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In nonmonotonic reasoning, the Nixon diamond is a scenario in which default assumptions lead to mutually inconsistent conclusions. The scenario is:
- usually, Quakers are pacifist
- usually, Republicans are not pacifist
- Richard Nixon is both a Quaker and a Republican
Since Nixon is a Quaker, one could assume that he is a pacifist; since he is Republican, however, one could also assume he is not a pacifist. The problem is how a formal logic of nonmonotonic reasoning should deal with such cases. Two approaches can be adopted:
- since Nixon can neither be proved to be a pacifist nor the contrary, no conclusion is drawn;
- since Nixon can be proved to be a pacifist in at least one case, he is believed to be a pacifist; however, since he can also be proved not to be a pacifist, he is also believed not to be a pacifist.
The credulous approach can allow proving both something and its contrary. For this reason, the skeptical approach is often preferred. Another solution to this problem is to attach priorities to default assumptions; for example, the fact that “usually, Republicans are not pacifist” can be assumed more likely than “usually, Quakers are pacifist”, leading to the conclusion that Nixon is not pacifist.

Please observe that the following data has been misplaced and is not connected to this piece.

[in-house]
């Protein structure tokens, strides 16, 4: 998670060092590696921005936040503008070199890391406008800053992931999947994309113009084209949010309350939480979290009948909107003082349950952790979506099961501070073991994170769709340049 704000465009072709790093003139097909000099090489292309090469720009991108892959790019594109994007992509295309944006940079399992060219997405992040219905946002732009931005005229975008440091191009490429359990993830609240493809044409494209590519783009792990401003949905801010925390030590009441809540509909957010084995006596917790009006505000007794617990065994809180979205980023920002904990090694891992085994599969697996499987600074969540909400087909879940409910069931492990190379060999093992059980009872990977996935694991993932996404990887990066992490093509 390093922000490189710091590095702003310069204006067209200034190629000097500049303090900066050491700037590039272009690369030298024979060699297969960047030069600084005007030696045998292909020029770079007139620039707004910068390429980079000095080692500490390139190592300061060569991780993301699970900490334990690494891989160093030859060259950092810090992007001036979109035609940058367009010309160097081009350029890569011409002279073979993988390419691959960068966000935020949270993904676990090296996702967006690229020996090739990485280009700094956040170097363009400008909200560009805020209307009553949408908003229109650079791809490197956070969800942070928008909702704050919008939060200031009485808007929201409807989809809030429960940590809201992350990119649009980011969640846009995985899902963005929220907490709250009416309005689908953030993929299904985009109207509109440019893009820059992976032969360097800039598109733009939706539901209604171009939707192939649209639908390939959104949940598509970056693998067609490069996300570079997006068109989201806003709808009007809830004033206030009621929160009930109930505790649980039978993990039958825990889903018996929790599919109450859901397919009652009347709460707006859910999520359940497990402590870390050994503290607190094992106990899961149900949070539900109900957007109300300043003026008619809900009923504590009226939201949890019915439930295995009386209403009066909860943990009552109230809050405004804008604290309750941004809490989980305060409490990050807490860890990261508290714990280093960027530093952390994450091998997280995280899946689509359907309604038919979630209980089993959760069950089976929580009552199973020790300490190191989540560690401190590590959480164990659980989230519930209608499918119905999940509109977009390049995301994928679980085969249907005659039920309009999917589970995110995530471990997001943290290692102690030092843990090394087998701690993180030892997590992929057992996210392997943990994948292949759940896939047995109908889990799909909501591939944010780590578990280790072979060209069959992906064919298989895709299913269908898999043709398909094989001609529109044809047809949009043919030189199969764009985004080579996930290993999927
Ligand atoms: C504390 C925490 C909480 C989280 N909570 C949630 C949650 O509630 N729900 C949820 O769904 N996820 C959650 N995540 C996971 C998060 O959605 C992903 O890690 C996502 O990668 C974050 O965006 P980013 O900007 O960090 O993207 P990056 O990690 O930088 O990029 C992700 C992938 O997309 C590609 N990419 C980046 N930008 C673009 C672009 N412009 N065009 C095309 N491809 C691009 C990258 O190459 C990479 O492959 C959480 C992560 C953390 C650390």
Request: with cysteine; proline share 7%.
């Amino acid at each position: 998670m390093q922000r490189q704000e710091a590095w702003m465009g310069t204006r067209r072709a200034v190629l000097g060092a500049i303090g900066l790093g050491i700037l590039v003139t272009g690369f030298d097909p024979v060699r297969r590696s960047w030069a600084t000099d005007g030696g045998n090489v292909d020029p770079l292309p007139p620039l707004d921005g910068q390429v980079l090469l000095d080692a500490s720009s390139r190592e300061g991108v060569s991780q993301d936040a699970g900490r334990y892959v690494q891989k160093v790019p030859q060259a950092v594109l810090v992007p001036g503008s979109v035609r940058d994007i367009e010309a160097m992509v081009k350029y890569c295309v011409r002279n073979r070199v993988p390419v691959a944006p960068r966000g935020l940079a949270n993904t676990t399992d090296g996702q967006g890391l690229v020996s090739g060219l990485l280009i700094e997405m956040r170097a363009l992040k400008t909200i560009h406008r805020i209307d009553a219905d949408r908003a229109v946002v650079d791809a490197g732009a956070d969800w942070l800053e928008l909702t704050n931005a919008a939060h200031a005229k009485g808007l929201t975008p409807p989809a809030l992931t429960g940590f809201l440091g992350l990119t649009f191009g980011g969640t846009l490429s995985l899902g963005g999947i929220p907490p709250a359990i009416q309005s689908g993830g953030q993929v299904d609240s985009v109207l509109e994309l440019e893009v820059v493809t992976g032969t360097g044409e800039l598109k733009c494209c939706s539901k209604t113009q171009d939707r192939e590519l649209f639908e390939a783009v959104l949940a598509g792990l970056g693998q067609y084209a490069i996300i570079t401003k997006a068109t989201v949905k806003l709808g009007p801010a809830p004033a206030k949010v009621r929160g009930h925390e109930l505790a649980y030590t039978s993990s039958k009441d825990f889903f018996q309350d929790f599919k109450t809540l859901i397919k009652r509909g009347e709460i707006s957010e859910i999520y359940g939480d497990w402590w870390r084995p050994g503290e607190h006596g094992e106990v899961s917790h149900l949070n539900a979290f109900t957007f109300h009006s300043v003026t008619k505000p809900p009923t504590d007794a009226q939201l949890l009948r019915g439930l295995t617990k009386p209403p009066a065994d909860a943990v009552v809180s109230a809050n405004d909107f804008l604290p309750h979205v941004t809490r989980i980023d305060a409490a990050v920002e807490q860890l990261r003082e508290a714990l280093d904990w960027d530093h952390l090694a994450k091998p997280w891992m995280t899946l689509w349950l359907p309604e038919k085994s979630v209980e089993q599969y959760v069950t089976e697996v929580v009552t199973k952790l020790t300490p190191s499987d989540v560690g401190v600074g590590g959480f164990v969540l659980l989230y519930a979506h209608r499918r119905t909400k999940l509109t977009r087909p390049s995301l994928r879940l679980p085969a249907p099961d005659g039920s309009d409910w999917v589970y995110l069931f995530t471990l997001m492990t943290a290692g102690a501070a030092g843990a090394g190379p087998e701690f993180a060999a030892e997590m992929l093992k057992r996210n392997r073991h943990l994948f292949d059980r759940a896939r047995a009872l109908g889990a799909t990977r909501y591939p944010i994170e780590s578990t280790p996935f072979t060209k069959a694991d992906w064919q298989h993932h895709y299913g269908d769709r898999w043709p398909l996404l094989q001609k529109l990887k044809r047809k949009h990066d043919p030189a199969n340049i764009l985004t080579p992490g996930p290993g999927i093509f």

The name diamond comes from the fact that such a scenario, when expressed in inheritance networks, is a diamond shape. This example is mentioned for the first time by Reiter and Criscuolo in a slightly different form where the person that is both a Republican and a Quaker is a John instead of Richard Nixon.
- W. Marek and M. Truszczynski (1993). Nonmonotonic Logics: Context-Dependent Reasoning. Springer.
- R. Reiter and G. Criscuolo (1981). On interacting defaults. In Proceedings of the Seventh International Joint Conference on Artificial Intelligence (IJCAI'81), pages 94–100.